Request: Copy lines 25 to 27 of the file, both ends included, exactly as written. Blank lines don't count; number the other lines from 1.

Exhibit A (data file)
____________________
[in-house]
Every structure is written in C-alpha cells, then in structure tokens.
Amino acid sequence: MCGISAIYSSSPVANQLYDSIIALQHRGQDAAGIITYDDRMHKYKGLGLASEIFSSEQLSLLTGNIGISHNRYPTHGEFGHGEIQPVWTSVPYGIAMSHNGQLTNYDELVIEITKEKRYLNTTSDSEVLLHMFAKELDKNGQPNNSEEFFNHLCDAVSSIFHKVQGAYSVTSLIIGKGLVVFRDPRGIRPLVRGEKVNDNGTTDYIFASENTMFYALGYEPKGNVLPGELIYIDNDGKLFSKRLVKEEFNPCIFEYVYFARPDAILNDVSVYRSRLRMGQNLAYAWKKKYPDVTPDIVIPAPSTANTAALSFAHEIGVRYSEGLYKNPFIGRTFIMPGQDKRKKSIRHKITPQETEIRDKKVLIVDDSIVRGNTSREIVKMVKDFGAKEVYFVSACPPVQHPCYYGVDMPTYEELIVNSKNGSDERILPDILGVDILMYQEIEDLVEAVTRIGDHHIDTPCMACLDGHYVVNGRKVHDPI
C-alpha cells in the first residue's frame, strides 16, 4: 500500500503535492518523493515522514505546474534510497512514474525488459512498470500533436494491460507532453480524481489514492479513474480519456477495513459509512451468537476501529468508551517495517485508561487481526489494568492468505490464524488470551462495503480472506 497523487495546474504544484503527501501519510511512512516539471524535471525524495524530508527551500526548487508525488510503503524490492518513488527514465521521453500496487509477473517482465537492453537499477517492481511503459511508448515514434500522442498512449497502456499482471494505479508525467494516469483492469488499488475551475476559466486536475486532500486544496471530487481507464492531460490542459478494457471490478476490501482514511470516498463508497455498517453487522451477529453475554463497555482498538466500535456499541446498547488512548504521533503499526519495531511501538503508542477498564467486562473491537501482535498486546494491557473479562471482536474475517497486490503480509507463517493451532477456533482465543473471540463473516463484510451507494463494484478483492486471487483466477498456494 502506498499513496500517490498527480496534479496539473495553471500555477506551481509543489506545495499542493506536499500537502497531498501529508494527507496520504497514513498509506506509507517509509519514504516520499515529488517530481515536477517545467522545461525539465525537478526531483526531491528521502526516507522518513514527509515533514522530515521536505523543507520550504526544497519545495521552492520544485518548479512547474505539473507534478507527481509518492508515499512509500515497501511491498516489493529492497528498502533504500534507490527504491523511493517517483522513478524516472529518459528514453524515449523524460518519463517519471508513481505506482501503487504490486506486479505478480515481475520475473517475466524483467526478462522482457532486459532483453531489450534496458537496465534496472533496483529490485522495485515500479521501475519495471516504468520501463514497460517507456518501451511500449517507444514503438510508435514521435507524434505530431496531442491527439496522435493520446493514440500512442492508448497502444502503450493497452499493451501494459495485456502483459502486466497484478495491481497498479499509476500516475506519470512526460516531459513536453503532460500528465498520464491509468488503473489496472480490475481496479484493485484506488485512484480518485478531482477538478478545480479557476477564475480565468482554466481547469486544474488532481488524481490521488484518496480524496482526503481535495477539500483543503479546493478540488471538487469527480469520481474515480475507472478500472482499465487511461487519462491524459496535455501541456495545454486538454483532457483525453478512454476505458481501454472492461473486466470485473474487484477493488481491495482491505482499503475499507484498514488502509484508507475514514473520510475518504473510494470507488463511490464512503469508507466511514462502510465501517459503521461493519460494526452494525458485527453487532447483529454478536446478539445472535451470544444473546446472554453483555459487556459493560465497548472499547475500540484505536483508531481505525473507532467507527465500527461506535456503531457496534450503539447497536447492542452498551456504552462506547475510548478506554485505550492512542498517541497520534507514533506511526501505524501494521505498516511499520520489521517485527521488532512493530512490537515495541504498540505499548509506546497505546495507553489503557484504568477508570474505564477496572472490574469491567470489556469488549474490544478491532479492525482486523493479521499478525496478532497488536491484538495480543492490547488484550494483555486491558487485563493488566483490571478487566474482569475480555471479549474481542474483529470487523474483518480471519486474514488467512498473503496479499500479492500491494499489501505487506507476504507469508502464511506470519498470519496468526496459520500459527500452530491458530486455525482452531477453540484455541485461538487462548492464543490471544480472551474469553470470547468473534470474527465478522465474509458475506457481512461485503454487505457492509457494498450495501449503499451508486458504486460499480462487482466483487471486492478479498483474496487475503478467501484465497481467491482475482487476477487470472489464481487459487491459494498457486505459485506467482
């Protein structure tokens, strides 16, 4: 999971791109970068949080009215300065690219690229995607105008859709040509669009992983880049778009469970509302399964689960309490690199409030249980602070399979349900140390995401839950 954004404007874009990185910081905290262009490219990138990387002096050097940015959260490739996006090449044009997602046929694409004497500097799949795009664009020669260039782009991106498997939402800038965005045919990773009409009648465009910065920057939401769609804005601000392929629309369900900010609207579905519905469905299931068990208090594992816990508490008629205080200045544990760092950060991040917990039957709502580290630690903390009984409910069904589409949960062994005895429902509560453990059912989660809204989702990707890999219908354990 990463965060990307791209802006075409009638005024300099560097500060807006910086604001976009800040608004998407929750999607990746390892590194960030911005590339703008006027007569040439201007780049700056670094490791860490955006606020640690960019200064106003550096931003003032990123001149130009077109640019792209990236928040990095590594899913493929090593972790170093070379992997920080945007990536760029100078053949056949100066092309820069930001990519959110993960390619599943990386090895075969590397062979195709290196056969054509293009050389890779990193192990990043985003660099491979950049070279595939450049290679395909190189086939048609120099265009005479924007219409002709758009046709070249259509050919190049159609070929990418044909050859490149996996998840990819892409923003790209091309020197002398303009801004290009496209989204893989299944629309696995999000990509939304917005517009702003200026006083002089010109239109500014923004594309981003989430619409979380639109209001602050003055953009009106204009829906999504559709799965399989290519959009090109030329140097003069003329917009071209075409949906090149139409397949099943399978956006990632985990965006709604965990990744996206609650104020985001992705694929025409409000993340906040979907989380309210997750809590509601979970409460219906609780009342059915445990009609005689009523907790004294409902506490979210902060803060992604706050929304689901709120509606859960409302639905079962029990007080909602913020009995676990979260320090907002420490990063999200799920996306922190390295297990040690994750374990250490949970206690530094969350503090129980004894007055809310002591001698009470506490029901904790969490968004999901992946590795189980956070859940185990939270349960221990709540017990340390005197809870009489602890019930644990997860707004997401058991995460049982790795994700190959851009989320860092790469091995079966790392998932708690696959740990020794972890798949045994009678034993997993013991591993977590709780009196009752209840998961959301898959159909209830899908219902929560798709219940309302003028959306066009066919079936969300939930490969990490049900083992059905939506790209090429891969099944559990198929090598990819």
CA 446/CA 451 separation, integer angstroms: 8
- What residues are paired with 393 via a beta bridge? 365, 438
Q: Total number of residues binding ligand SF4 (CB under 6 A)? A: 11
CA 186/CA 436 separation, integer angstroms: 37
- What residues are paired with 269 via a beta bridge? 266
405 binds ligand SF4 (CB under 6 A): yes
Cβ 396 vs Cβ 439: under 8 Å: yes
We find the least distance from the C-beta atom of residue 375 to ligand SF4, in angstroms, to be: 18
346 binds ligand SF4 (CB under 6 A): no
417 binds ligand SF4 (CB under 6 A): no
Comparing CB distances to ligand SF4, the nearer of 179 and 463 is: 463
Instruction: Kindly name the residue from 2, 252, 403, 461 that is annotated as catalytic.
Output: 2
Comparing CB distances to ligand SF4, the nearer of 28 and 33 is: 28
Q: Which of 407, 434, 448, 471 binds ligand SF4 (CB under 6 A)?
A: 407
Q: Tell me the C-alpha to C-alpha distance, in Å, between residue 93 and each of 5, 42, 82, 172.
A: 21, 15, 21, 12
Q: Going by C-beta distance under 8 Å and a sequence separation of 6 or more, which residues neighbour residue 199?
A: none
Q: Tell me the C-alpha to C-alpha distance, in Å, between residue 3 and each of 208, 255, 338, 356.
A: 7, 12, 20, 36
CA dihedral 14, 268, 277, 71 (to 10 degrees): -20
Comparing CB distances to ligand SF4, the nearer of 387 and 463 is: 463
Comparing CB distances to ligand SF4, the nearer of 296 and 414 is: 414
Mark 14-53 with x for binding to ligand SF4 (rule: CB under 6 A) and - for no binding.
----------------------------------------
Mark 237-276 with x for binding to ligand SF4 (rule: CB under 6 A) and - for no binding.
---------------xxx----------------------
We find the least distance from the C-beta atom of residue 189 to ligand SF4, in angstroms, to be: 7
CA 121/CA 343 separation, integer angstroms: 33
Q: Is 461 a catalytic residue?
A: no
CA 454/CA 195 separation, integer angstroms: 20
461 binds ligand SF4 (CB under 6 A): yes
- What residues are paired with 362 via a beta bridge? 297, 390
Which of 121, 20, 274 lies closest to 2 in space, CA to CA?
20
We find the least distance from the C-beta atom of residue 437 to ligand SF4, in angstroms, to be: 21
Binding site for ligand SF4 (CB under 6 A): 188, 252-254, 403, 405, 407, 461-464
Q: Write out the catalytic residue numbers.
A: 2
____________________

A: none
Q: Tell me the C-alpha to C-alpha distance, in Å, between residue 3 and each of 208, 255, 338, 356.
A: 7, 12, 20, 36